One of those pioneers is Bert Grimm, the founder and first owner of the shop.
Grimm was a tattoo artist based in St. Louis, Missouri and moved to Long Beach to continue with tattoos. The Navy ships would dock along the port and sailors would line up outside of the shop waiting to get inked.
This was also a time when the Pike was the central hub for tattoo connoisseurs and artists alike in Long Beach.
The Bert Grimm style introduced the traditional American style tattoo that is known for its thick linings, bold and simplistic figures and experimental, but limited color palette. The sailors, who were the prominent customers, would leave the parlor with these Bert Grimm style tattoos.
Today, this way of tattooing is used throughout the industry, making it one of the most popular styles. It has also paved the way for other artists to experiment with colors, newer ideas and techniques.
“At that time, tattoos weren’t very acceptable,” Barba said. “So, the shops would hide under different things like a barber or a cleaner.”
In 2002, Outer Limits, then called Bert Grimm’s World Famous Tattoo, was in the process of closing down its building. At the time, it was owned by the Shaw family, a well-known family of tattoo artists who also owned other shops around the country.
“The area was changing rapidly, and buildings were being demolished and the Pike was completely demolished in 1979,” said Barba. “So, it was really difficult for them to keep the building.”
The Shaw family are known to be one of the oldest tattoo artist families in the U.S. In 2003, Barba took over the building after them to continue to keep the business alive.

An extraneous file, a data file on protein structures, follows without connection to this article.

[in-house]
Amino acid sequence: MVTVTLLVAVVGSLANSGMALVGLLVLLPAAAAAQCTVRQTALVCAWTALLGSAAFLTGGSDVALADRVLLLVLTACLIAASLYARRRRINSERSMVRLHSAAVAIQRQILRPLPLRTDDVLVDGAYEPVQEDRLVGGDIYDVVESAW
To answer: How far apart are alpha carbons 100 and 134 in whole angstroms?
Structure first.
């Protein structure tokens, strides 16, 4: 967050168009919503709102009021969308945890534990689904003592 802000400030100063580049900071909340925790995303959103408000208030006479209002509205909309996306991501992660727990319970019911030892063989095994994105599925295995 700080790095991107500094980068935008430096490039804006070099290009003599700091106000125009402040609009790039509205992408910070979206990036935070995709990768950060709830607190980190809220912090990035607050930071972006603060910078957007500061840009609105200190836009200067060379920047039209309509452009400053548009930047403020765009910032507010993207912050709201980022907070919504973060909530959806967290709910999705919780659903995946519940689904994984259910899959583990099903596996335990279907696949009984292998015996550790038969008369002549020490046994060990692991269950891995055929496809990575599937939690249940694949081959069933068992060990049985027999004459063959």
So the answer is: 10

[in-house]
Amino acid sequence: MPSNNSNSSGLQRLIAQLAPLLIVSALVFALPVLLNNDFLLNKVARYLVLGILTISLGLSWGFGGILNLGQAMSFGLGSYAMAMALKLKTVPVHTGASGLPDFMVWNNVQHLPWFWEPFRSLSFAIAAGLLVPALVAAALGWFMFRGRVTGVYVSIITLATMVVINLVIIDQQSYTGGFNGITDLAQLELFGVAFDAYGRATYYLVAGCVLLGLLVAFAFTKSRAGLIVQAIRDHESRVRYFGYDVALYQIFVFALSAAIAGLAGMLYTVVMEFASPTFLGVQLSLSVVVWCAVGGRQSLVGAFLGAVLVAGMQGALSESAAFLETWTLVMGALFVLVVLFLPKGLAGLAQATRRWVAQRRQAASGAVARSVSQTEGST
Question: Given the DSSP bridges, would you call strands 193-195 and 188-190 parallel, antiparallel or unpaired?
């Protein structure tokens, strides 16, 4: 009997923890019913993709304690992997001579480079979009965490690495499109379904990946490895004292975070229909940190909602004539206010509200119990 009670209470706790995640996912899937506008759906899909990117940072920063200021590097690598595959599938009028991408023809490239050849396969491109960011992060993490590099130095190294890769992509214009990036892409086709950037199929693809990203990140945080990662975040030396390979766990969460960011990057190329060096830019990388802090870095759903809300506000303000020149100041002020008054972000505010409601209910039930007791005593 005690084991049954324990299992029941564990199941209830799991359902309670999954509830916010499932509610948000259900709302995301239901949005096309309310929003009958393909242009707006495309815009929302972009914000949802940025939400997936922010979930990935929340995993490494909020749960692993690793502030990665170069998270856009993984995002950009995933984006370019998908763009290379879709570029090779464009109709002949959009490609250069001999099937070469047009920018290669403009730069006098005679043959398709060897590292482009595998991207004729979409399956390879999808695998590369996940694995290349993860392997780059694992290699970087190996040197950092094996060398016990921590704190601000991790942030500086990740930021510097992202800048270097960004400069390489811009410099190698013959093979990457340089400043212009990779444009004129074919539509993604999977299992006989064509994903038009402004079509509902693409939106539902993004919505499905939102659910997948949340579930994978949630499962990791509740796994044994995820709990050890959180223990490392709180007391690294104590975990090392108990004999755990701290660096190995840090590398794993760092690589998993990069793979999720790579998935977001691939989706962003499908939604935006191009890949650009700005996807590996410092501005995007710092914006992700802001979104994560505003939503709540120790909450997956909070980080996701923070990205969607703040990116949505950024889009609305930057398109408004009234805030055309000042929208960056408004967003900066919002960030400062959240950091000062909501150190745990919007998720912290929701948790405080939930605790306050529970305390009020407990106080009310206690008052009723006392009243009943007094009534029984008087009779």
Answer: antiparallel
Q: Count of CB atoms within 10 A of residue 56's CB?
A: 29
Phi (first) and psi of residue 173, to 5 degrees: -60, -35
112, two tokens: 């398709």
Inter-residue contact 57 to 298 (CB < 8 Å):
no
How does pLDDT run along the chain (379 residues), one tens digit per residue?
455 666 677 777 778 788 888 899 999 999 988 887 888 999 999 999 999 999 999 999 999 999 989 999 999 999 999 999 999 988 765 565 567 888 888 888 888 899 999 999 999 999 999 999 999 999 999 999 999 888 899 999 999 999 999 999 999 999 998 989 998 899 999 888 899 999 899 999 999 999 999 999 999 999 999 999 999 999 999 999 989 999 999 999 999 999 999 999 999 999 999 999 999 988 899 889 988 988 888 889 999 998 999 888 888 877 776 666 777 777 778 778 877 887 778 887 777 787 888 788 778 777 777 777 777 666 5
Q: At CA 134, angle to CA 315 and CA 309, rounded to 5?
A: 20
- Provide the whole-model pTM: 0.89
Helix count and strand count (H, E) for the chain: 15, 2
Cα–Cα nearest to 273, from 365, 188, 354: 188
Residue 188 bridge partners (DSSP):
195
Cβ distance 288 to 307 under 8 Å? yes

It’s latest challenge now is trying to remain in operation during coronavirus regulations.
Outer Limits was forced to close down for several months before it reopened its doors under social distancing guidelines. Each station is spaced out at least 6 feet apart and masks are required at all times.
But, there is still lingering uncertainty throughout the local business community in Long Beach as to when things will become normal again, especially for tattoo parlors.
With the vast number of tattoo icons that have walked through the doors, Barba continues to strive for diversity in an industry that has been dominated by men. Barba has taken women like Jenny Vo Nguyen under her wing and hired them as artists for Outer Limits.
Nguyen’s style is unique and one of the latest examples of tattooists experimenting with colors on skin. Her work features both anime and Pokémon characters, like the Pikachu tattoo she did recently.
Barba stressed that homophobes, racists and misogynists are not welcomed at Outer Limits, and they shouldn’t be welcomed elsewhere, too. According to Barba, there is such a thing as “negative tattooing,” meaning that tattooists could typically be in the industry just for the money or working without helping to progress the industry.
“The world is in a very difficult place right now,” Barba said, as her eyes swelled up with tears. “Because of everything that’s happening, I just want us to move forward positively.”